Fraud cost online retailers an estimated $3.5b last year and will likely continue to grow as more eCommerce businesses open, driving up the number of vulnerable transactions. Most business owners view fraud as an unavoidable cost that needs be minimized independent of revenue generation. Yet, this belief ignores the non-monetary costs that fraud imposes on a business, such as time lost detecting activities or doing damage control. Fraud minimization and revenue maximization are not equivalent activities and the demands of each can quickly exhaust the bandwidth of small and medium sized organizations.
Total online sales are expected to grow to $1.3t worldwide in 2013, $343b of which is in the United States according to eMarketer. This increase is due to the volume of transactions, but also the increasing average transaction size. This suggests a growing willingness among consumers to purchase larger ticket items online and bodes well for the continued growth of eCommerce. While the increase in order value is positive, it exposes merchants to more risk on a per transaction basis.
Sophisticated technical capabilities and the extended reach of international payment and fulfillment systems are enabling a new generation of cyberthieves to commit fraud. These groups are able to scale the theft of our personal account information, goods, and cash through vulnerabilities in eCommerce platforms. As a result, the potential amount of value lost becomes significant.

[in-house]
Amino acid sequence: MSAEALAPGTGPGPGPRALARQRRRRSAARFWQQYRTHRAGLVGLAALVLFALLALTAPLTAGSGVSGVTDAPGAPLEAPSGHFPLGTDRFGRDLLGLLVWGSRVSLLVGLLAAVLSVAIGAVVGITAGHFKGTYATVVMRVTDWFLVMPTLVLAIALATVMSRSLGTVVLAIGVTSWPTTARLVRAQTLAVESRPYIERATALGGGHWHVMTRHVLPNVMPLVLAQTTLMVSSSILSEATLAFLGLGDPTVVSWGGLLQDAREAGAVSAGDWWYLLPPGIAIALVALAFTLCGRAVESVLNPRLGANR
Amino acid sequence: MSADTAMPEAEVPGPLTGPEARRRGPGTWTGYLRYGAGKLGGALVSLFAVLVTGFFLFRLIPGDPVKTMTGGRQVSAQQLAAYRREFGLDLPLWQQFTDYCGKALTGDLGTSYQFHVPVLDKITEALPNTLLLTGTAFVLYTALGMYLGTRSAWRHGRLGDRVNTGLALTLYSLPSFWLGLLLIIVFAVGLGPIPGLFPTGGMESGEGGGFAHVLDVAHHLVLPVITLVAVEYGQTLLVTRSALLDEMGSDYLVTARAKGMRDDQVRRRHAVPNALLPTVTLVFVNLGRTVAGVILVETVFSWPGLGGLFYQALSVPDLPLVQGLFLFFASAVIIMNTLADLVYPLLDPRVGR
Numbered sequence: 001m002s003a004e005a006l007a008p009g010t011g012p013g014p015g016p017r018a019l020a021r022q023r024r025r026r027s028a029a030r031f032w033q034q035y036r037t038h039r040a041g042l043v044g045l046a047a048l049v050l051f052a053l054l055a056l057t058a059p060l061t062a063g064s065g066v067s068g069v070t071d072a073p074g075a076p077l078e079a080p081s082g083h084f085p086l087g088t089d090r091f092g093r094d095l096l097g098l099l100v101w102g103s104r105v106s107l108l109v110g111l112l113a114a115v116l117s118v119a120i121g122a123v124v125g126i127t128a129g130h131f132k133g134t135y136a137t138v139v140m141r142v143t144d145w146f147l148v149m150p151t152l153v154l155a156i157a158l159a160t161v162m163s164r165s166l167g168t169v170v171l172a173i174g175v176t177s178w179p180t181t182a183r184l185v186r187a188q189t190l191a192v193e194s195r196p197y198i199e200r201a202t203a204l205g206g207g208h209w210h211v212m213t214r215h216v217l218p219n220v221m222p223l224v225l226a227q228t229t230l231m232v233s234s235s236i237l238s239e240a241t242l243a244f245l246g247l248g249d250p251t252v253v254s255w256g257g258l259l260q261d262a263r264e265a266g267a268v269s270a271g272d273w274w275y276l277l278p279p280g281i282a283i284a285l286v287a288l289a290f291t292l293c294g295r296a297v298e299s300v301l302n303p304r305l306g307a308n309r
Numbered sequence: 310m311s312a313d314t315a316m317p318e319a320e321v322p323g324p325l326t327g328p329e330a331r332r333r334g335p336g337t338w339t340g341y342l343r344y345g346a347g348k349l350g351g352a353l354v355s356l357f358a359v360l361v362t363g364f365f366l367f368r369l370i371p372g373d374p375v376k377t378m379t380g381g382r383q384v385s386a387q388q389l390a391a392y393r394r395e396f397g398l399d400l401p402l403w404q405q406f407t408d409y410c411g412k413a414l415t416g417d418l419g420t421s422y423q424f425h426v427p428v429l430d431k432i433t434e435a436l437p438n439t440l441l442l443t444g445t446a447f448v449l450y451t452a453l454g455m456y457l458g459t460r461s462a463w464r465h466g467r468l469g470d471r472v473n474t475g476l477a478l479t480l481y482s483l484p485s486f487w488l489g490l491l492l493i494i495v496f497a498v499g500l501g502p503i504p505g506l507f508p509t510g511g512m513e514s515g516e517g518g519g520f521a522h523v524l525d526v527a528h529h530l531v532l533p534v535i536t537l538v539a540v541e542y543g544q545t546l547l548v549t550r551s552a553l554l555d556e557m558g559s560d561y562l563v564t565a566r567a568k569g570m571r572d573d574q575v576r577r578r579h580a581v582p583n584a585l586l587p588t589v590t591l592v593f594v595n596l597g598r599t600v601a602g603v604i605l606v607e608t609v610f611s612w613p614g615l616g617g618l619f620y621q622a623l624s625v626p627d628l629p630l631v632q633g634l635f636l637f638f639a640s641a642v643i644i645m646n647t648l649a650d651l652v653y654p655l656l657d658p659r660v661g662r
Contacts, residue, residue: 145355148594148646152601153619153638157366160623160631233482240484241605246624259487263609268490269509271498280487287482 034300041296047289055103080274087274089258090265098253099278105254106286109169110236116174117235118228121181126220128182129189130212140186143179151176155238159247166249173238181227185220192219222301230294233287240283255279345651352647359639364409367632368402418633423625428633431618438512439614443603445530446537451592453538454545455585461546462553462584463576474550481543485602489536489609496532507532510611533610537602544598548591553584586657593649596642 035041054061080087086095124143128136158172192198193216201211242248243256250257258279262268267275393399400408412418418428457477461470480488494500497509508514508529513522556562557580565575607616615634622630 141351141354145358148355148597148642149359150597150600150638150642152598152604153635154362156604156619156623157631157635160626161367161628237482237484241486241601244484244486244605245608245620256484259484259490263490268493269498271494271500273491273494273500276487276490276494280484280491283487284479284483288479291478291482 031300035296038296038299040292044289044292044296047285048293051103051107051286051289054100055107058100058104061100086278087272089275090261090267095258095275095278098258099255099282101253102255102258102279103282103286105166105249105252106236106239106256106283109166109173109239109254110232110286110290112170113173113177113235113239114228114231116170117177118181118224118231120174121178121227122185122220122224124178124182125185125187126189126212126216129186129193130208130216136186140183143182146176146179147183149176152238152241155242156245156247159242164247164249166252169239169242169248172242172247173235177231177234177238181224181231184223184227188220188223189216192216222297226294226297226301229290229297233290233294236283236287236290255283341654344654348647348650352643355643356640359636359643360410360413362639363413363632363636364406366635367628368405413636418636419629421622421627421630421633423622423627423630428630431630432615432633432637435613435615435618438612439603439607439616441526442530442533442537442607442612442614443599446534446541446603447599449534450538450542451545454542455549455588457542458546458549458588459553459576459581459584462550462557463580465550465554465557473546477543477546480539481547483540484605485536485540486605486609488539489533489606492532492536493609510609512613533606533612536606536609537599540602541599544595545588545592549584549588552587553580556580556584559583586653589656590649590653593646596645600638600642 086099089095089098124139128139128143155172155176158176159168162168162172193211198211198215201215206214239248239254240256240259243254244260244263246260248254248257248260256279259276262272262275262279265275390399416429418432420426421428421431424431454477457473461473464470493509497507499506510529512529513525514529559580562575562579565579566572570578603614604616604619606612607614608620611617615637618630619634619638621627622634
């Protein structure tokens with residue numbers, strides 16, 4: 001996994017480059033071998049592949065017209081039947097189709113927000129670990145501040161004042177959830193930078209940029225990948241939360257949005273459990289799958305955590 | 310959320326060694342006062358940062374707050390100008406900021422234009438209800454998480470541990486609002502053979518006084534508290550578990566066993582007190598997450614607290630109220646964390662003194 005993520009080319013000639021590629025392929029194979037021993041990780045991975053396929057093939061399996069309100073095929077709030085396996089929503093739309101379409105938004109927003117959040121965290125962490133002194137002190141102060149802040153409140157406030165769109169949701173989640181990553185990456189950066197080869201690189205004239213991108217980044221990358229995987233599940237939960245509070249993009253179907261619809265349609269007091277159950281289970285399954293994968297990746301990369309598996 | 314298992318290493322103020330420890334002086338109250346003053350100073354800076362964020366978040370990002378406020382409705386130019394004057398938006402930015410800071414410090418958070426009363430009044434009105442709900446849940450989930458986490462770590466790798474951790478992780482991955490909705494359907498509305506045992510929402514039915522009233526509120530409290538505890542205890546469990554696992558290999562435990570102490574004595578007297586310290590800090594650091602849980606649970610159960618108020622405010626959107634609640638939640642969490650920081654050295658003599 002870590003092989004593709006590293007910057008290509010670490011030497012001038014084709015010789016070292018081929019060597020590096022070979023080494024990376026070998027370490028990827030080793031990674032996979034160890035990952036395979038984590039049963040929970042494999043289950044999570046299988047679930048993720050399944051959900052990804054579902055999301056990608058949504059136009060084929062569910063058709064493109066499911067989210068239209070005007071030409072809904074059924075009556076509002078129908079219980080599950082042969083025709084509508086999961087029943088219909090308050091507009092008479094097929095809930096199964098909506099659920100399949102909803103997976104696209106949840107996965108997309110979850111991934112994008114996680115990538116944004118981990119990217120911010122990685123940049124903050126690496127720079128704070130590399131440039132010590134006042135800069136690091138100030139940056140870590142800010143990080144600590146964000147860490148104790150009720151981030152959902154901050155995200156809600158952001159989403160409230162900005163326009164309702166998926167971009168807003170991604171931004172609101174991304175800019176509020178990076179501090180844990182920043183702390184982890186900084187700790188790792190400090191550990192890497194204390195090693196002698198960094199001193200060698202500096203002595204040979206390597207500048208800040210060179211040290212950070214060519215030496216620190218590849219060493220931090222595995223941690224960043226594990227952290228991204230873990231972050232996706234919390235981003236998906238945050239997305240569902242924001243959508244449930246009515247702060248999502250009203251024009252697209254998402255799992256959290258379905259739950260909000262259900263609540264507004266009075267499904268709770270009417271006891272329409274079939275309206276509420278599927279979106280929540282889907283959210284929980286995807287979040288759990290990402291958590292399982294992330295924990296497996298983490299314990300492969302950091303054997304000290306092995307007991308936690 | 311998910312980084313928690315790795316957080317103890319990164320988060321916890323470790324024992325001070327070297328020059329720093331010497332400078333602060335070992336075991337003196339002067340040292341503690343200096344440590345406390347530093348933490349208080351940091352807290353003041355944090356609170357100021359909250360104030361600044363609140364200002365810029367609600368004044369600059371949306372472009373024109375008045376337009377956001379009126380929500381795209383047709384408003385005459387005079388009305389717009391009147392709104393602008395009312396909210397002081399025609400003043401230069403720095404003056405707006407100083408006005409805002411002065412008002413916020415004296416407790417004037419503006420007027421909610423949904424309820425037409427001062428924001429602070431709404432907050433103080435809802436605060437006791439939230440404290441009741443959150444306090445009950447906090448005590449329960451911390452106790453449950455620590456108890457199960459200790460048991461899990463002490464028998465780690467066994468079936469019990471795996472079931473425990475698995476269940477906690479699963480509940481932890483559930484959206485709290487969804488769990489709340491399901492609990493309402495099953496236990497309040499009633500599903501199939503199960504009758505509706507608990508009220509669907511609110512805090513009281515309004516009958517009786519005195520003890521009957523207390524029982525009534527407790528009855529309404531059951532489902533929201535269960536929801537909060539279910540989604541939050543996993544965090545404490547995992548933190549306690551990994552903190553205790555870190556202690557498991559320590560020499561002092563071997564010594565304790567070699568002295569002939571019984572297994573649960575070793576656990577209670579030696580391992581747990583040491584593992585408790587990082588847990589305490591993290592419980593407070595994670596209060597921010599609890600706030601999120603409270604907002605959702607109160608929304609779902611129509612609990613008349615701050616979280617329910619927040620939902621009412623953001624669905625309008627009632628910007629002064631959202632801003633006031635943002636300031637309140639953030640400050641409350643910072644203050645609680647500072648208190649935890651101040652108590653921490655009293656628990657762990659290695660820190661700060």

While businesses that sell physical products are the most vulnerable in the consumer market, digital and service products are also susceptible to loss. Similarly, as enterprise products move to online purchasing and delivery, fraud is an increasingly relevant concern for the B2B market. By the end of 2013, B2B eCommerce is projected to top $559b and will continue that growth as more businesses become comfortable with the market. The cost of fraud in a B2B setting is not only monetary, but represents a loss of time that could be focused on sales or management.
The growing scale and scope of challenges has not gone unnoticed by the startup community. Players are emerging that address these security gaps by growing the network of data availability to cross check and understand behavior patterns. Startups like PinDrop are building risk assessment based on specific customer engagement channels. WePay is also building in social analytics to provide a richer data set for filtering and detection. Until now, startups serving the retail commerce market have dominated the fraud detection and prevention space, but the rise of B2B eCommerce is powering a new cluster of companies to deliver solutions to assess counterparty risk and unearth collusion and other fraud not captured in traditional detection screening.